In particular, Mr Pattinson contended that the 2014 notice was invalid because the first and second steps outlined above were not taken. Mr Matheson had not confirmed to the estate or transferred the interest in the crofts within the 24 month period after the crofter’s death. Therefore, Mr Matheson’s notice to Mr Pattinson in 2014 was invalid. This allowed Mr Pattinson to argue that the tenancies had been terminated validly, and he contended that Mr Matheson’s failure to follow steps one and two above resulted in the automatic termination of the croft tenancies.
The Inner House, whose opinion was delivered by Lord Carloway, ultimately found in favour of Mr Matheson. The court held that:
- Section 16 of the Succession (Scotland) Act 1964 cannot operate without an executor who has confirmed to the deceased’s interest. Whilst the executor remains unconfirmed the estate is in a “statutory limbo”. In this “statutory limbo” a landlord cannot give notice to terminate as there is no executor, there is simply no one to give notice to. Therefore, Mr Pattinson’s notice to terminate was invalid.
- Once confirmation is granted it has a retrospective effect to the date of death. This means that transfers effected by the executor prior to their confirmation will be retrospectively validated, making Mr Matheson’s transfers valid.
- The 24 month period is not a strict time limit by which interest “must” be transferred. The 24 month period is protective in nature, its purpose is to give the executor time to carry out the necessary steps for the transfer of croft interests.
- The grant of confirmation in 2018 retrospectively validated Mr Matheson’s 2014 notice, meaning that the transfer of the croft tenancies was valid.
- Even if the 2014 documents were invalid, Mr Matheson’s actions in 2019 after he was confirmed as executor (in completing and intimating further documentation and endorsing a docket) were enough to sufficiently effect the transfer.
- Mr Matheson was the tenant of the crofts and the Land Court had erred in their determination.
However, this case may not be completely resolved. A dispute has arisen between parties with regard to whether or not Mr Pattinson received the 2014 documentation. The dispute is unlikely to challenge the outcome. The key takeaway is that Mr Matheson took all the necessary steps to transfer the croft tenancies despite not having confirmed to and transferred the interest within 24 months of the crofter’s death.
Wider implications: what does this mean in practice?
While the case has not caused a shift in the law, it is still a useful case as it:
- Clarifies a complex area of the law
- Serves as a useful reminder to affected parties
1. Clarifying a complex area of the law
In this case, the Inner House established that the 24 month period is a protective one. Landlords seeking to terminate croft tenancies cannot rely solely on the fact that the transfer was not effected within the 24 month period. If you are an unconfirmed executor, the protective nature of the 24 month period means that you are not being rushed to take the necessary steps.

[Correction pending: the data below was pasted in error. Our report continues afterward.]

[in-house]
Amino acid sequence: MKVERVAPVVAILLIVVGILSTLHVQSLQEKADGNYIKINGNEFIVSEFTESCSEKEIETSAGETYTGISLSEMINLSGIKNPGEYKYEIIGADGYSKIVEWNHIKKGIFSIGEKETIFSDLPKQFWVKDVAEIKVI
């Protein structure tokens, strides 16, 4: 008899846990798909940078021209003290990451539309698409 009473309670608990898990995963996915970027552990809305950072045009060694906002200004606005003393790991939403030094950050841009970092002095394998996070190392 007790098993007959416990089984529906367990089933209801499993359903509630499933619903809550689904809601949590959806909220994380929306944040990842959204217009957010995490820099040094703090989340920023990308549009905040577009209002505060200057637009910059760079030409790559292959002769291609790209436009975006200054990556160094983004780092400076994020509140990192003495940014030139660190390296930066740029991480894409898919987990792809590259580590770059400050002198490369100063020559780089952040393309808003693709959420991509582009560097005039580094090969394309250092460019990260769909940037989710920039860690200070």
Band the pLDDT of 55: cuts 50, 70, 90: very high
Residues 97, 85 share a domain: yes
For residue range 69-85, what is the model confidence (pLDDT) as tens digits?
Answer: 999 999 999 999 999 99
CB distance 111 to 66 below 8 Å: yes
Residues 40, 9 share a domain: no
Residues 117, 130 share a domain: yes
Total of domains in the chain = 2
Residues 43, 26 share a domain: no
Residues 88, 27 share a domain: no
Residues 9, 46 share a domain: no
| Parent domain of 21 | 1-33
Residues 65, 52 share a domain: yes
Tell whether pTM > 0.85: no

The Inner House’s judgement has made it clear that the actions taken by an executor may validate the delayed transfer of a croft tenancy. If you are an executor in a similar position to Mr Matheson, you should ensure that you are being proactive in taking the same steps Mr Matheson took. Taking these steps will increase your likelihood of becoming the tenant of such crofts, even if the transfer was delayed.
2. Serving as a useful reminder
This case should remind practitioners that certain pieces of legislation will be interpreted through the purposive approach. When dealing with such legislation, judges will try to ascertain the purpose and nature of the legislation. This should encourage practitioners to not exceedingly rely on the words used in legislation. Practitioners and crofters should be aware that crofting legislation is generally interpreted in this way. In this case, the Inner House considered that Mr Pattinson’s arguments ran contrary to the general purpose of crofting legislation. Crofting legislation is intended to “ensure that a crofter can inherit the family croft “without any expense or process of law” (MacIver v MacIver 1909 SC 639). Even if Mr Matheson could have acted with more urgency, the Inner House found that the purpose of the legislation was not to penalize Mr Matheson, but to ensure he succeeded to the croft tenancies.
Practitioners and executors should also be reminded that, despite the case’s outcome, it is always best practice to ensure that all steps are taken within the 24 month period. If you are an executor in such a position make sure that you confirm to the estate and transfer the interest in the croft within the 24 month period. This will ensure your tenancy of the croft and will help you avoid unnecessary and costly litigation.
Article co-authored by Harry Oliff, Solicitor in the rural property and business team and Alejandro Coghill, Trainee in the property and infrastructure team.